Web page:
US 20010036254 A1
A digital telephone answering device DTAD) that utilizes the functionality of a device such as a set top box (STB) equipped with a digital video recorder (DVR). The system includes a DTAD operatively connected to an STB equipped with DVR, or DVR TAD. A memory of the STB equipped with DVR is used by the DVR TAD for storing a plurality of parameters and data such as telephone messages and caller ID signals typically associated with the DVR TAD. A microprocessor within the STB equipped with DVR controls DVR TAD functionality and display of parameters associated with the DVR TAD. Control is based on receiving user commands to access the memory and to display at least a selected one of DVR TAD associated parameters for review and/or manipulation by the viewer or user on a display device operatively connected to the STB equipped with DVR.
1. A digital telephone answering device operatively connected to a digital video recorder, comprising
an interface for receiving voice signals and caller ID signals representing a telephone message received from a caller; and
a modem for demodulating the caller ID signals and for digitizing the voice signals to output digital signals to the digital video recorder,
wherein a processor of the digital video recorder directs storage of the received output digital signals to a mass storage device, and controls playback of the stored digital signals of the telephone message to be output at a display device operatively connected to the digital video recorder.
2. The digital telephone answering device of
3. The digital telephone answering device of
4. The digital telephone answering device of
5. The digital telephone answering device of
6. The digital telephone answering device of
7. The digital telephone answering device of
wherein one of the parameters is a listing of all telephone messages received on a current day are displayed based on user input, each listing including at least the name of the caller, telephone number and beginning header text of the message, and
wherein the user automatically calls back a desired caller by selecting the caller on the display with a specified key.
8. The digital telephone answering device of
wherein one of the parameters is a listing of desired archived telephone messages received during a specified period are displayed based on user input, and
wherein the user automatically calls back a desired caller by selecting the caller on the display with a specified key.
9. The digital telephone answering device of
10. The digital telephone answering device of
wherein one of the parameters is a telephone directory of stored caller information that is accessed by a user so as to be displayed in a menu format on the display, and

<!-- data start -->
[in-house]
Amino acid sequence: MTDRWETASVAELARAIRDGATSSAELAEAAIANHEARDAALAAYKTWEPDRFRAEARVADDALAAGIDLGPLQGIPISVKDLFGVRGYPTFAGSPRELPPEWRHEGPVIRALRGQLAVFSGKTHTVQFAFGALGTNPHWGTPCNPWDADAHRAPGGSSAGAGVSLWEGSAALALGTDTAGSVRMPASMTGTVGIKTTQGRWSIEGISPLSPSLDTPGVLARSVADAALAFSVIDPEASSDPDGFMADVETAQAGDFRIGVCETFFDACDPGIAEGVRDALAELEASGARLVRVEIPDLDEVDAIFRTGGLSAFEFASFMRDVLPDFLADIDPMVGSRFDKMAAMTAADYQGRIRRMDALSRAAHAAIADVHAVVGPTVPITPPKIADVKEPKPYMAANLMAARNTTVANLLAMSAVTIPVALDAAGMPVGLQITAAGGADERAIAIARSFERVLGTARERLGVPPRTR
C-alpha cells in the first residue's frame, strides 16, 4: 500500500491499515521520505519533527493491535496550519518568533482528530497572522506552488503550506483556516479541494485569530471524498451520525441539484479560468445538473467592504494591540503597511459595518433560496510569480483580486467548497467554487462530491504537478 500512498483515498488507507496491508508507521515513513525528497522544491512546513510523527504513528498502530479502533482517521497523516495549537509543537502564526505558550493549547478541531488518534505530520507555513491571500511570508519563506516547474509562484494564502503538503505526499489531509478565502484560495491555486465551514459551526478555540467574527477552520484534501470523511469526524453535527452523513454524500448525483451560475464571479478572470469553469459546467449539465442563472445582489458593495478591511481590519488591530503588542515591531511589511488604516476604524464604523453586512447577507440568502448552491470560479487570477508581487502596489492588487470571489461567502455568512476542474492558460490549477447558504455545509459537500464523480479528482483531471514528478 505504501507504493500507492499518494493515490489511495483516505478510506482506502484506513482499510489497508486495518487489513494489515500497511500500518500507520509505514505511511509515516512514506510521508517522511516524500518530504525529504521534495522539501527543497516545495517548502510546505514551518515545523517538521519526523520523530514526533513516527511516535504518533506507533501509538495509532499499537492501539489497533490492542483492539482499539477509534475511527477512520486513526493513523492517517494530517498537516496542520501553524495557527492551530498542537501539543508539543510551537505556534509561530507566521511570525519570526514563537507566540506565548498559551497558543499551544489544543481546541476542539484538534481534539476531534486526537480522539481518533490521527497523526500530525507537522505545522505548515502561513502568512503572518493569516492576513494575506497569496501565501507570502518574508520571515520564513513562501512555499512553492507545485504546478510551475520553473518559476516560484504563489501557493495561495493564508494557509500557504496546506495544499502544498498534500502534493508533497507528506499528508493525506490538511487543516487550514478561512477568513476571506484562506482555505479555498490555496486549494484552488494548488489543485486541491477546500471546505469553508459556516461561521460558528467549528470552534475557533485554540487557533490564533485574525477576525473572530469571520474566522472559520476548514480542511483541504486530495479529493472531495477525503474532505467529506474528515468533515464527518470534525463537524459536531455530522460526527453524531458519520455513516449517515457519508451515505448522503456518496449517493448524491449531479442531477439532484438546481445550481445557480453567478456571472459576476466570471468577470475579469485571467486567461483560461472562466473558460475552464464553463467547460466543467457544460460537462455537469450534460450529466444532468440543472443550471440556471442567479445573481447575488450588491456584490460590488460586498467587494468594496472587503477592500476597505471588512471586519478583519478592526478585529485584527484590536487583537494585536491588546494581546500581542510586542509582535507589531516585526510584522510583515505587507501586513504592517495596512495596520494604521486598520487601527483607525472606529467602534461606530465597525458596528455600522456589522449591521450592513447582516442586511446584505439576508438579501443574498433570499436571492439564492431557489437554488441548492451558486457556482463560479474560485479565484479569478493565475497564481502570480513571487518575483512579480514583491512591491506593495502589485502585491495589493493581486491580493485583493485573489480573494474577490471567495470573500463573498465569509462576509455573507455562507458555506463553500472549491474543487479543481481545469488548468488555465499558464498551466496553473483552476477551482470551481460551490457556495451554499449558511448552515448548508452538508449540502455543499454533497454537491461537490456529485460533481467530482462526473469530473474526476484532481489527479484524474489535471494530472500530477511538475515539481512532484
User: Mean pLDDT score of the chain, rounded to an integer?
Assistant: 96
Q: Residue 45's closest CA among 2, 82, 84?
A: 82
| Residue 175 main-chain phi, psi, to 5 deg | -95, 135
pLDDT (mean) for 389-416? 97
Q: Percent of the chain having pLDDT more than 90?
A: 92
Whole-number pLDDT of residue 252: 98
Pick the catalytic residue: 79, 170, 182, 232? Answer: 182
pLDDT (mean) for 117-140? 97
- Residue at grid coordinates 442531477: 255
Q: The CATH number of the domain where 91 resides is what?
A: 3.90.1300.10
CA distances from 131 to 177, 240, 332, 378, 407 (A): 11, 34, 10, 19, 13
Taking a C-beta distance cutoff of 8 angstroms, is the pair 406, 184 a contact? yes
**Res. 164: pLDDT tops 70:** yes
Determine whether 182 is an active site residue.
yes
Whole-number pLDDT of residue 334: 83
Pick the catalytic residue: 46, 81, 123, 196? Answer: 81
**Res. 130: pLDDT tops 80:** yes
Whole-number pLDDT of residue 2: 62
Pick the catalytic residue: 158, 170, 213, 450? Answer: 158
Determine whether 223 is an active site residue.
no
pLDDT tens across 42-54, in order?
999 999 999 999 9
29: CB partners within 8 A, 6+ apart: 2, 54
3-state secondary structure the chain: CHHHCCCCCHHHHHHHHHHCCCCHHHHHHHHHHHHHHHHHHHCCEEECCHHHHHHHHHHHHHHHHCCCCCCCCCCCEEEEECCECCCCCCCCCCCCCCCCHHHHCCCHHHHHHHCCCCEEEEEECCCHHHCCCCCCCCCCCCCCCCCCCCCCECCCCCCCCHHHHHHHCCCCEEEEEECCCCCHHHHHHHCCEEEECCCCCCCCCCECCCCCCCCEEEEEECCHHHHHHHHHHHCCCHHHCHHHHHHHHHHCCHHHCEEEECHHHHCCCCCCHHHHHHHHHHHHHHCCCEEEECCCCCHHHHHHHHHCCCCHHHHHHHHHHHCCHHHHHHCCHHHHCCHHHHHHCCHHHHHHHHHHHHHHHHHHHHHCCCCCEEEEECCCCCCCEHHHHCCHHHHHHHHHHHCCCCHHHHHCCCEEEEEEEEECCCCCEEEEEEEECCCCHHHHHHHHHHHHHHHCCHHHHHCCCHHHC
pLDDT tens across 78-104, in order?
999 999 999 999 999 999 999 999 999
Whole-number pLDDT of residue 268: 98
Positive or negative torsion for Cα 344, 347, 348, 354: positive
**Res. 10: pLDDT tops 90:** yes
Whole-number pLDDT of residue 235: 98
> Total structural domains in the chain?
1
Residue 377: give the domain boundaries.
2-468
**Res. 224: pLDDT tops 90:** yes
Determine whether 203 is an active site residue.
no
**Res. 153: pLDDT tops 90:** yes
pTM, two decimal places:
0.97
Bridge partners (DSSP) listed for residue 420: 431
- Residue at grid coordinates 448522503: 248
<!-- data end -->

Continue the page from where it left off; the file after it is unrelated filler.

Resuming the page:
wherein the user automatically calls back a desired caller by selecting the caller on the display with a specified key.
11. The digital telephone answering device of
wherein one of the parameters is a access private box feature that if activated, requires the user to enter a password in order to access received messages corresponding to that user.
12. The digital telephone answering device of
13. The digital telephone answering device of
14. The digital telephone answering device of
15. A method of displaying telephone messages received by a digital telephone answering device using a digital video recorder, comprising:
storing voice signals and caller ID signals representing a telephone message that is received by the digital telephone answering device as digital audio signals and digital caller ID signals in a memory;
processing the stored digital caller ID signals and voice signals under the control of a processor in the digital video recorder; and
outputting, at a display device operatively connected to the digital video recorder, the received telephone message.
16. The method of
17. The method of
18. The method of
19. In a system having a set top box with a digital telephone answering device connected thereto, an apparatus for displaying phone messages received by the digital telephone answering device on a display device operatively connected to the set top box, comprising:
a memory for storing analog voice signals and caller ID signals representing a telephone voice message received from a caller via a telephone line in digital form; and
a processor for controlling a display of said telephone message based on received commands to access said memory so as to display a text message representation of said received telephone voice message on the display device, or a audio representation of said received telephone voice message on a speaker of the display device.
20. The system of
21. The system of
wherein said memory is external to the set top box and directly connected to the digital telephone answering device, and
wherein the processor is contained within the set top box.
 This application claims the benefit under 35 U.S.C. Section 119(e) of a U.S. Provisional Patent Application by Adrian Yap et al. entitled “DIGITAL VIDEO RECORDER”, Serial No. 60/199,438, filed on Apr. 25, 2000, the entire contents of which is incorporated by reference herein.
 1. Technical Field of the Invention
 This invention generally relates to applications and features related to digital recording devices. More particularly, the present invention is directed to a system and/or apparatus composed of a digital telephone answering device (DTAD) connected to or integral with a set top box (STB) equipped with a digital video recorder (DVR).
 2. Description of Related Art